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Jewish World Review Oct. 12, 2000 / 13 Tishrei, 5761

Jonah Goldberg

Jonah Goldberg
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Arafat hardly 'provoked' into violence -- AS WE'VE all seen in the news recently, fighting has "broken out" between Israel and the Palestinians. Some journalists like to use the phrase "broken out" because it sets aside the question of who started it. Other news outlets have suggested that the Palestinians "spontaneously" rioted after being "provoked" when Ariel Sharon, a leader of the out-of-power conservative Likud Party, visited the Temple Mount, a site considered sacred to both Jews and Muslims.

The point that most Western observers miss is that Sharon's visit may have started this latest round of fighting, but the Palestinians were waiting to fight like a boxer awaiting the ring of the bell.

Last August, Israeli Prime Minister Ehud Barak in a bold, if misguided, bid for permanent peace, proposed concessions that even Israeli doves considered breathtakingly generous. He offered to give Yassir Arafat vast amounts of territory considered both religiously and strategically essential to Israel's continued existence.

"Yitzhak is certainly turning in his grave," responded Yitzhak Rabin's widow when she found out Barak had offered control of the Temple Mount and Eastern Jerusalem. (Her husband, recall, was assassinated by a right-wing Jew who considered Rabin too willing to make peace at any cost.)

And yet, Arafat rejected these concessions and made virtually no counteroffer of his own. There are plenty of tangential reasons why Arafat rejected a gift more generous than what he's been demanding for decades, namely some poor planning on the part of the Clinton administration, which in its rush to try to complete the deal didn't rally Arab leaders. But the real reason boils down to the fact that Arafat is either unwilling or unable to deliver a lasting peace.

This obvious fact has put many "give Arafat a chance" commentators in a bind. If Arafat doesn't want peace, than he's simply the murderer and terrorist his detractors have always said he is. With this in mind, many have touted the idea that Arafat cannot be blamed for the recent violence because he is powerless to stop it. Of course, if Arafat is unable to curb the violence then he is useless as a "partner in peace," and it makes no sense to negotiate with people who can't deliver on their promises.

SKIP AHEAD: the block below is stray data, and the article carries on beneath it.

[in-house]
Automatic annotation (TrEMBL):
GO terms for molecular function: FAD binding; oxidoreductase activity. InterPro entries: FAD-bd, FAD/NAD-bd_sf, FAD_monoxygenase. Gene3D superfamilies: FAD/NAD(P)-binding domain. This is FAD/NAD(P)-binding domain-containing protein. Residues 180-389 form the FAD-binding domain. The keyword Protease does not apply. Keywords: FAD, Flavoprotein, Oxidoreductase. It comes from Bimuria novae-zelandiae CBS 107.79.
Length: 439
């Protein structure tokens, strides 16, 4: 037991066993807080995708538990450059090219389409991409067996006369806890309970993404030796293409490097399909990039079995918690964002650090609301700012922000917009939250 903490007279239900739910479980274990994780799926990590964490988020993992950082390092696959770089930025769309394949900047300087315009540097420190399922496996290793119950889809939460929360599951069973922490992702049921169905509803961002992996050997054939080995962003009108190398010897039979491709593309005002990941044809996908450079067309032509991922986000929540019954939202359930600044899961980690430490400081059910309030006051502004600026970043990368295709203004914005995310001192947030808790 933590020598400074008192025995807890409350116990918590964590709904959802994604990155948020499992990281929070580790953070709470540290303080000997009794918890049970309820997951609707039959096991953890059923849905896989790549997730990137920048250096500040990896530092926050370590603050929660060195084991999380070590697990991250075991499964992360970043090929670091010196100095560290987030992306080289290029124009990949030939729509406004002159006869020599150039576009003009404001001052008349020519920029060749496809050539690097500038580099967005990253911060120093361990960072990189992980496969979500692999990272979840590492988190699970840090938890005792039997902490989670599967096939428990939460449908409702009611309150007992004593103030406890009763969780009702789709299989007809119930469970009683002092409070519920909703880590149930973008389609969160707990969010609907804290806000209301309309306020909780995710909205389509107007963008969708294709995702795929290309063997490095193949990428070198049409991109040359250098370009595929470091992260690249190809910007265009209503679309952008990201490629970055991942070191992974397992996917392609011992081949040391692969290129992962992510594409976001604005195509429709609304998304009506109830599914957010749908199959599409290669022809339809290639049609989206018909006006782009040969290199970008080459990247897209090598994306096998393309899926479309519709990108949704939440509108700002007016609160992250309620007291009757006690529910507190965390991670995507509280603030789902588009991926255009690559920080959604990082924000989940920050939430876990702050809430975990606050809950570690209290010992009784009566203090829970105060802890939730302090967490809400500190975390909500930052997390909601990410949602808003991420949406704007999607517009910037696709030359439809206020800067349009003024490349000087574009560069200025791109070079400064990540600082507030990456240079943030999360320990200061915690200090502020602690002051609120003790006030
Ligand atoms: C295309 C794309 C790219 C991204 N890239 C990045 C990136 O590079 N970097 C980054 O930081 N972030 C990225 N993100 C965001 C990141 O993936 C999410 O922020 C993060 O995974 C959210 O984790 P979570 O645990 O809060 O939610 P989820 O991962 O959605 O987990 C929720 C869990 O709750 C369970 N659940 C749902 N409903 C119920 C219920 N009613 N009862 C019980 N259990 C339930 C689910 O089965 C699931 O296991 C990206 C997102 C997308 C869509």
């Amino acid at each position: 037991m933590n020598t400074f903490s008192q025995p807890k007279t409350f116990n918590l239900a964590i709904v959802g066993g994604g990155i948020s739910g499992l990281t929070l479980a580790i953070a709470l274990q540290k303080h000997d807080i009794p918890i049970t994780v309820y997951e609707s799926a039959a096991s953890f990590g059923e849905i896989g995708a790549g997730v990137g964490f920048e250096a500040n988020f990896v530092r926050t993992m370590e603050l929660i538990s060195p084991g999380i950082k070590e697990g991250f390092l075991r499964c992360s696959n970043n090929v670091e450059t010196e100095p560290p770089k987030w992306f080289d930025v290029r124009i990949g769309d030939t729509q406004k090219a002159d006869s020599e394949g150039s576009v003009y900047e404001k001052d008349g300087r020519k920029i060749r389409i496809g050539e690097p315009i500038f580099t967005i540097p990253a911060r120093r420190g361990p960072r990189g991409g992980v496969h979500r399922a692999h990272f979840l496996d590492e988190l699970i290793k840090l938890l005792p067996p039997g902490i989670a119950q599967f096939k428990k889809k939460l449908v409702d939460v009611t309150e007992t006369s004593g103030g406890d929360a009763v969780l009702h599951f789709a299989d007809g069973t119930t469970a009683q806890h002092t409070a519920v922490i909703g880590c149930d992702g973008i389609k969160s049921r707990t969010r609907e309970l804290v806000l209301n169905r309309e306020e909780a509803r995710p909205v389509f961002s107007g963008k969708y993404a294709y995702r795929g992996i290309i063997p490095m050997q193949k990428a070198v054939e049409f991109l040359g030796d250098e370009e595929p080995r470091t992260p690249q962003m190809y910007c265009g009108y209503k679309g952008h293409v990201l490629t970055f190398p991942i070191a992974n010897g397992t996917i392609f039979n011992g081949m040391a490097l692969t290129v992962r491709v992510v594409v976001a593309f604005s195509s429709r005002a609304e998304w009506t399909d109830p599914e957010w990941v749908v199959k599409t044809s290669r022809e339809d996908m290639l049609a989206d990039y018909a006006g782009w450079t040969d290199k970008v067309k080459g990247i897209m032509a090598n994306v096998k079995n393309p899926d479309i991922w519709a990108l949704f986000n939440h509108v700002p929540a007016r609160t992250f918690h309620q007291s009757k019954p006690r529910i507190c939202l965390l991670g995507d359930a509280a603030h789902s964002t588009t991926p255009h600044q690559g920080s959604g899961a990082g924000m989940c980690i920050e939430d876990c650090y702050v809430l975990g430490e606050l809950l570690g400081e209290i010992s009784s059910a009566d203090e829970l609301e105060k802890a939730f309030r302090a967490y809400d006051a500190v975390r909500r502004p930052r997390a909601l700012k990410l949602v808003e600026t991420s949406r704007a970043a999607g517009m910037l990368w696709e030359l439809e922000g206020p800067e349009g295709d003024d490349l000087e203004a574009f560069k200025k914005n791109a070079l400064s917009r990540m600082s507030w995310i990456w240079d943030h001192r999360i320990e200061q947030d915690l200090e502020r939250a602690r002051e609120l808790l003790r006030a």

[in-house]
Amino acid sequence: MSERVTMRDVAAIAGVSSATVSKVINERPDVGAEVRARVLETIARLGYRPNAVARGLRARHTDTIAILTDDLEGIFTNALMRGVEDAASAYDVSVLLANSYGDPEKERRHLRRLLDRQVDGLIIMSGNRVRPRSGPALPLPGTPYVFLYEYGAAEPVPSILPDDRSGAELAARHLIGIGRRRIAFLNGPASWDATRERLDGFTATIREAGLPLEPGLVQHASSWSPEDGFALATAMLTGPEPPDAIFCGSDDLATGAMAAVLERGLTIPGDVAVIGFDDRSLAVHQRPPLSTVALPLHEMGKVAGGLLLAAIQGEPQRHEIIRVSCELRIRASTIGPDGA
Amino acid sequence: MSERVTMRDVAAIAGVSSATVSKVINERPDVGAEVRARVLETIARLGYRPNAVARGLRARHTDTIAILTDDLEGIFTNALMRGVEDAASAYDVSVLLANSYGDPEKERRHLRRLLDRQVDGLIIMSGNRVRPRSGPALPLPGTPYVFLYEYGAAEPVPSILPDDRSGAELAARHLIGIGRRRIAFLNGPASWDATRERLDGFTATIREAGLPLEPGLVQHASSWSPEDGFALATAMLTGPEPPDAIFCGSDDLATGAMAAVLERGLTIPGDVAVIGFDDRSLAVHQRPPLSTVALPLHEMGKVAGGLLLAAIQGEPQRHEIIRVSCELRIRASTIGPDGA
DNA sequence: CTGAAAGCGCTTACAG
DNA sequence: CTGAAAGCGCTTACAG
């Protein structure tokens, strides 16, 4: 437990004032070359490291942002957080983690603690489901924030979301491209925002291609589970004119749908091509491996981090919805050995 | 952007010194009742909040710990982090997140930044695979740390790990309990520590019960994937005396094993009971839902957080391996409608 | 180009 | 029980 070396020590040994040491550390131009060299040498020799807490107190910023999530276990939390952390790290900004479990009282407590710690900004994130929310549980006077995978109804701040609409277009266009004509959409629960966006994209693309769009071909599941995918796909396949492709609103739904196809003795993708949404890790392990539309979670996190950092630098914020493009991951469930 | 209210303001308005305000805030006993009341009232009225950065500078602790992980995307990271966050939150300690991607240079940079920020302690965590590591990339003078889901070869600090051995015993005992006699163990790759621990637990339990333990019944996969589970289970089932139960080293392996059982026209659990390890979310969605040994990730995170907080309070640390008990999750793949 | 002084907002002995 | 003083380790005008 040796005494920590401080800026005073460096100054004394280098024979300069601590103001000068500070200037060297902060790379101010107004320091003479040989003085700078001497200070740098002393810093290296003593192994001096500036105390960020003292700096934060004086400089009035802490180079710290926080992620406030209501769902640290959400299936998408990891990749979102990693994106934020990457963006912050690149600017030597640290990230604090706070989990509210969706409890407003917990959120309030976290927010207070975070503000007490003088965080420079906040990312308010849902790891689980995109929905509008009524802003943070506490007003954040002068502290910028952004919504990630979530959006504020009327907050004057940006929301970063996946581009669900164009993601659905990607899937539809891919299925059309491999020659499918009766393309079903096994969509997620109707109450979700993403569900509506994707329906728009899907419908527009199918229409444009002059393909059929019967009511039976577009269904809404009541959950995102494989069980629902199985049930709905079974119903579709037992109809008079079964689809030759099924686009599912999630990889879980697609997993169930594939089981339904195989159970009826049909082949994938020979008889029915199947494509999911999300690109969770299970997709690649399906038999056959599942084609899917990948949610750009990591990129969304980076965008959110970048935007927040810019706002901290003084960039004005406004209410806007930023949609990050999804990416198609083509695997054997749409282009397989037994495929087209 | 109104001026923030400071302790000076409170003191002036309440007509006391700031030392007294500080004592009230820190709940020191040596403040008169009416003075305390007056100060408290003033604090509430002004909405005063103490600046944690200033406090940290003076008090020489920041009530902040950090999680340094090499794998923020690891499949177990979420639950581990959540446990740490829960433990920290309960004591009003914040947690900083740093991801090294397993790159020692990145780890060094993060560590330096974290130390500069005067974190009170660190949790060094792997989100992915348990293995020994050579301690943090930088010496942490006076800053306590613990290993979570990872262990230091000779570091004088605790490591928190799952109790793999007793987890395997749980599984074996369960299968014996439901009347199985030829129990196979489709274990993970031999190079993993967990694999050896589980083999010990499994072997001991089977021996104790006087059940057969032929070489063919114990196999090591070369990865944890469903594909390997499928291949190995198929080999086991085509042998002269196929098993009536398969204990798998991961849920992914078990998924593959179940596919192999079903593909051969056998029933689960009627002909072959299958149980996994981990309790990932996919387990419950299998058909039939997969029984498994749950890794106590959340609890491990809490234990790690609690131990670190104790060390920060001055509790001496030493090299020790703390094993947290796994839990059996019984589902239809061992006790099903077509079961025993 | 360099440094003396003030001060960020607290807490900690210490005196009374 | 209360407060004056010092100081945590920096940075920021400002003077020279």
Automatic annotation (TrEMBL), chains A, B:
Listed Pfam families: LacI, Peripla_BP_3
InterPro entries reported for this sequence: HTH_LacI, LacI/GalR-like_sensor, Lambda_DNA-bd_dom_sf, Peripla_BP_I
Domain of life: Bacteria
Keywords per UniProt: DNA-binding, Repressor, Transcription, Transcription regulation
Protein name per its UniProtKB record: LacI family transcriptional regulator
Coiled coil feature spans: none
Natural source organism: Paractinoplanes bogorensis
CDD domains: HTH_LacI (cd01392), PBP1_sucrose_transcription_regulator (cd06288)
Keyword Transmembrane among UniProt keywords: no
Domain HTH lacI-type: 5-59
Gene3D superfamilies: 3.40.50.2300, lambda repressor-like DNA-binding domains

We will never know the full extent of Arafat's control over Palestinians because he will never let it be tested. Arafat's only instincts are to wage war, either in the form of rocks, bullets or propaganda. In the years since the Oslo peace accords, Arafat has been two-faced as he speaks of "lasting peace" in English in front of the Western press but about the "destruction" of Israel in Arabic for his domestic constituency.

It seems that Barak didn't understand this. But Sharon did. That's why Sharon "provocatively" visited the Temple Mount. Whatever personal political advantage Sharon had in mind, he still understood that if the Palestinians will not permit Israelis to visit the most sacred Jewish sites today - when Jews actually control Jerusalem - they surely won't tomorrow when Arafat controls them.

The Palestinians proved Sharon's point as if on cue. Immediately after Sharon visited the Temple Mount, Arafat ordered a general strike and emptied the schools. He ordered Palestinian television to incite violence by rerunning old footage of the last Palestinian uprising. At the al-Aqsa mosque, a preacher demanded that his followers "eradicate the Jews from Palestine."

The Palestinian authorities continue to encourage the barbaric practice of sending children into harm's way to martyr themselves on international television. Parents boast of their dead children in front of the Palestinian TV cameras, glorifying another generation of suicidal youth dedicated to the "eradication of the Jews in Palestine."

Arafat refused to denounce the even more militant group Hamas, responsible for untold terrorist killings, when it renewed its call for the destruction of Israel. Within days, Arafat's "police" - militia is what they're called by Israelis - alternated between shooting at Israelis and trying to "subdue" the rioters. Arafat's henchmen have been handing out leaflets door-to-door encouraging a "jihad" against the Jews.

Yassir Arafat may have been "provoked" but only in the sense that a runner is "provoked" by the starter's pistol.

To comment on JWR contributor Jonah Goldberg's column click here.


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